Glossary Of Terms
Acoustic feedback - A squealing sound when the audio output of a P.A. system is picked up by a microphone and sent, in phase, back into the mixer’s input.
Acoustic suspension - A sealed or closed box speaker enclosure. Also called a sealed enclosure, or infinite baffle.
Ampere (A) - The unit of measurement for electrical current in coulombs per second. There is one ampere in a circuit that has one ohm resistance when one volt is applied to the circuit. See Ohms Law.
Amplifier - An electrical circuit designed to increase the current, voltage, or power of an applied signal.
Amplitude - The relative strength (usually voltage) of a signal.
Attenuation - The reduction, typically by some controlled amount, of an electrical or acoustic signal.
Audio frequency - The acoustic spectrum of human hearing, generally regarded to be between 20 Hz and 20 kHz.
Audiophile signal processing (Analog) - Really expensive esoteric rackmount effects processors designed to reduce tape hiss, eliminate tape saturation, reduce wow and flutter and clean up any tube distortion in the signal path during the analog (tape) recording process. Thus making the final product much more pristine and therefore better sounding to the listener.
Audiophile signal processing (Digital) - Really expensive esoteric rackmount effects processors and software plug-ins designed to emulate tape hiss, and tape saturation, induce wow and flutter and create tube distortion in the signal path during the digital recording process, thus making the final product much less pristine and therefore better sounding to the listener.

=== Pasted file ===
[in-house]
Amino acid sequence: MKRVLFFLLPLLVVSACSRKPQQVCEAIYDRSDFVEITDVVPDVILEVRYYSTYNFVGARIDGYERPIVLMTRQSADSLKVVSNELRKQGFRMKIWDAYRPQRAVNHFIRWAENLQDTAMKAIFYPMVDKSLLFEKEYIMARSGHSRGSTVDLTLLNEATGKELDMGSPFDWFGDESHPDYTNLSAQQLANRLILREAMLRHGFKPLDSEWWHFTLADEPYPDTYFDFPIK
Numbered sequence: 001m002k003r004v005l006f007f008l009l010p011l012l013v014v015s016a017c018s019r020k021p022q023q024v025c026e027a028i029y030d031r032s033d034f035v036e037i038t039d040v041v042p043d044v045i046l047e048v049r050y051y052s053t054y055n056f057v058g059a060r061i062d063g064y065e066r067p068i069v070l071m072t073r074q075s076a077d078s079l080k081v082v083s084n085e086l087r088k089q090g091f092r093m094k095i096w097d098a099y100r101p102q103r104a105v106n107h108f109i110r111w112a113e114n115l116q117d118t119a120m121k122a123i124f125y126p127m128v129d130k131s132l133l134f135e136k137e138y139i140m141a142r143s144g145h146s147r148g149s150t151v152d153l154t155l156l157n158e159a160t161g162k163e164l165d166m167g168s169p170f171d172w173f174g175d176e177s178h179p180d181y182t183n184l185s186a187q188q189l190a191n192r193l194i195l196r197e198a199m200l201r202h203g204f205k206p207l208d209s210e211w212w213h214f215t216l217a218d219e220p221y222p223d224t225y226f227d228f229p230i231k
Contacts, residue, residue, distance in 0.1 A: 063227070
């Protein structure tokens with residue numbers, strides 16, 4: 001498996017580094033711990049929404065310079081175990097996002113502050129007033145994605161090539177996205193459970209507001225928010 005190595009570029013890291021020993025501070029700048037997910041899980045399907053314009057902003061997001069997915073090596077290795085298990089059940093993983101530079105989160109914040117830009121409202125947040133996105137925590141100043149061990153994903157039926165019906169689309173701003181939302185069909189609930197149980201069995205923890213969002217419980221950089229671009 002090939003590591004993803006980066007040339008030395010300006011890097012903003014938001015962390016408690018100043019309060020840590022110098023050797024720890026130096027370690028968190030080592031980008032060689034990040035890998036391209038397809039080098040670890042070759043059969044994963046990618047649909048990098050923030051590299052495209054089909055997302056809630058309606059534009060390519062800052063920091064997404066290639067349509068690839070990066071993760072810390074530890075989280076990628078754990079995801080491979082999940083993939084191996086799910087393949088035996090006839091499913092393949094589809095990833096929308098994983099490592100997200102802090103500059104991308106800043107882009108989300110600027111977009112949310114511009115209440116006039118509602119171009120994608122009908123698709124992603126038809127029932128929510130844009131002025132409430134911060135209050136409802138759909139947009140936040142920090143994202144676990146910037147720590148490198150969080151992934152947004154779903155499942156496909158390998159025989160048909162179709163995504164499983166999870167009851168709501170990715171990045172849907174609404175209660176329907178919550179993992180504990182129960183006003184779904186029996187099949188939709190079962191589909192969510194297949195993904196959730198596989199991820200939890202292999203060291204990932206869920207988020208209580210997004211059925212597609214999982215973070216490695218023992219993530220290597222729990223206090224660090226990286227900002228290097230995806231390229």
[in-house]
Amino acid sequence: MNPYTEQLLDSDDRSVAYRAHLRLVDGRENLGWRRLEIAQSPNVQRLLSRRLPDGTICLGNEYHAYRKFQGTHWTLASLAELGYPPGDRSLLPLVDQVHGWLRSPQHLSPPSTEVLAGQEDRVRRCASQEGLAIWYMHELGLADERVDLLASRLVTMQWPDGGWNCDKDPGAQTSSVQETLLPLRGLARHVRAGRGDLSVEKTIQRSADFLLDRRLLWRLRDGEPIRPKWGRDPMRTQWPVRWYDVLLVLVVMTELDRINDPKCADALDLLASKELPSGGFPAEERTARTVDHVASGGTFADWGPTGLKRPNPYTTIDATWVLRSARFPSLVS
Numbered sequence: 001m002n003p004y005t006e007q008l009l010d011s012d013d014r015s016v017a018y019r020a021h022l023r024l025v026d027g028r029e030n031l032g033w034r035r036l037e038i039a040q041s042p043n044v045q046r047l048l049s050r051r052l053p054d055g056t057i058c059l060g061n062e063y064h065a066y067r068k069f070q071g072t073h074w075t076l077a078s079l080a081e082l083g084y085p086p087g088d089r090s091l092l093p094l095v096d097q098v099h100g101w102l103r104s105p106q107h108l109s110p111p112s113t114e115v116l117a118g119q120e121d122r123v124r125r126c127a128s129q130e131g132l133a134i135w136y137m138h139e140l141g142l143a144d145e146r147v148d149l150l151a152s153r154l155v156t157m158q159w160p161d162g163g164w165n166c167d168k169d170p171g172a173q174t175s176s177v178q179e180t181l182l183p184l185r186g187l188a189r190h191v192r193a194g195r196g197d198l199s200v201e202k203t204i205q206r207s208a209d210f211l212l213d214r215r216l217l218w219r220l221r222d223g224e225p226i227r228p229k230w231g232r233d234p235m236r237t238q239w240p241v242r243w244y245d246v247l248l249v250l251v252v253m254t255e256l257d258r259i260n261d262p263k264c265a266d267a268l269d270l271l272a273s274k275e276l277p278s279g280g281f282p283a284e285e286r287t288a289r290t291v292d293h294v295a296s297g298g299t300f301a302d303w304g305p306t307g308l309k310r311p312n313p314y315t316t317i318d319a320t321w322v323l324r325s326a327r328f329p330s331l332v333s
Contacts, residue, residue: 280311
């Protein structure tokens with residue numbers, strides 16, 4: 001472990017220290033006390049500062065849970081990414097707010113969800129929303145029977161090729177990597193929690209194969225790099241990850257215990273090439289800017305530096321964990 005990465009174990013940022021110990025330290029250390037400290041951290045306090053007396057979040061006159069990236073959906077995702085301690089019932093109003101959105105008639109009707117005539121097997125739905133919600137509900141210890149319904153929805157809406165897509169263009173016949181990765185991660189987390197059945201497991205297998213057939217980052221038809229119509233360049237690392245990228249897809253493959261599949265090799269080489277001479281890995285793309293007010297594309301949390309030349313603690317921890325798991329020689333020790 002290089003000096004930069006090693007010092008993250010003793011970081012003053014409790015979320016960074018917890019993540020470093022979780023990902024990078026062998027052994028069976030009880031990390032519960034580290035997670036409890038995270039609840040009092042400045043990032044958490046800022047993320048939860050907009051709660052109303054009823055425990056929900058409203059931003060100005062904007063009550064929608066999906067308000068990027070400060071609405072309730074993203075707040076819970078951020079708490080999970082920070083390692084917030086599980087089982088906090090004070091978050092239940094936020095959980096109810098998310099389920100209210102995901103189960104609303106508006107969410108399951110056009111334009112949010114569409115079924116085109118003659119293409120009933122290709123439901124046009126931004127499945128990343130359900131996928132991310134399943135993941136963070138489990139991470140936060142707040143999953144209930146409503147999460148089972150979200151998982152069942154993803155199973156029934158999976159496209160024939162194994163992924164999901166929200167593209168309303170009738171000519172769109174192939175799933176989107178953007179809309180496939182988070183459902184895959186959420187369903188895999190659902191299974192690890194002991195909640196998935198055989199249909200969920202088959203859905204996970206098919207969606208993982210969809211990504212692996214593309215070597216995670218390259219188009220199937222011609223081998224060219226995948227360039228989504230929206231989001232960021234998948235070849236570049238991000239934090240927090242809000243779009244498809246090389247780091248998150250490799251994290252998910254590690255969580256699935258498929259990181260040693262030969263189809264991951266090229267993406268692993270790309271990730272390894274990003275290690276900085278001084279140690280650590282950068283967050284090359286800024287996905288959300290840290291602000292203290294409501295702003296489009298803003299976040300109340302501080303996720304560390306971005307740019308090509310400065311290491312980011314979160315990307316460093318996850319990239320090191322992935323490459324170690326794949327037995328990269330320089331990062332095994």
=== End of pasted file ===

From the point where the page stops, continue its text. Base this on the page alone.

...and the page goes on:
Baffle - A board or other plane surface used to mount a loudspeaker.
Bandwidth - The range of frequencies covered by a driver or a network (crossover).
Band-Pass filter - An electric circuit designed to pass only a certain range of frequencies. See also High-pass and Low-pass filters.
Basket - The metal frame of a speaker.
Bass Reflex - See ported enclosure.
Bi-amping - Means that instead of driving a speaker full-range with a single channel of amplification, through a single set of speaker cables, you actually connect two sets of cables, with each set driven by a separate amplifier, or separate channels of a multi-channel amplifier. This way, low, mid and high frequencies each receive dedicated amplification.
Booking Agent - A middle-aged man with a poorly glued toupee who tells you that it’s only 160 kilometres to the gig when in fact it’s 360 kilometres. The same guy who thought inserting a one-nighter in
Fort Wayne Indiana between shows in San Diego and was somehow a good idea. San Francisco
Boomy - The smearing of transients that makes bass reproduction sound muddled.
Bridging - Combining both left and right stereo channels on an amplifier into one higher powered mono channel. When an amplifier is bridged, the impedance that each half of the amplifier actually "sees" is 1/2 of the loudspeaker’s impedance.
Channel - The path an audio signal travels through a circuit during playback.
Circuit - A complete path that allows electrical current from one terminal of a voltage source to the other terminal.
Clam - A really obvious mistake such as a wrong note or bad chord change. i.e., you meant to do one thing but screwed up instead. Usually followed by: “I thought you said D not E.” “Sorry I was reaching for my drink and I dropped my drum sticks.” “If it’s not too much trouble can you end the song at the same time as everyone else?” “I thought it was a good time to change the key of the song but you’re right, I should have told the rest of the band.” Also see Oyster.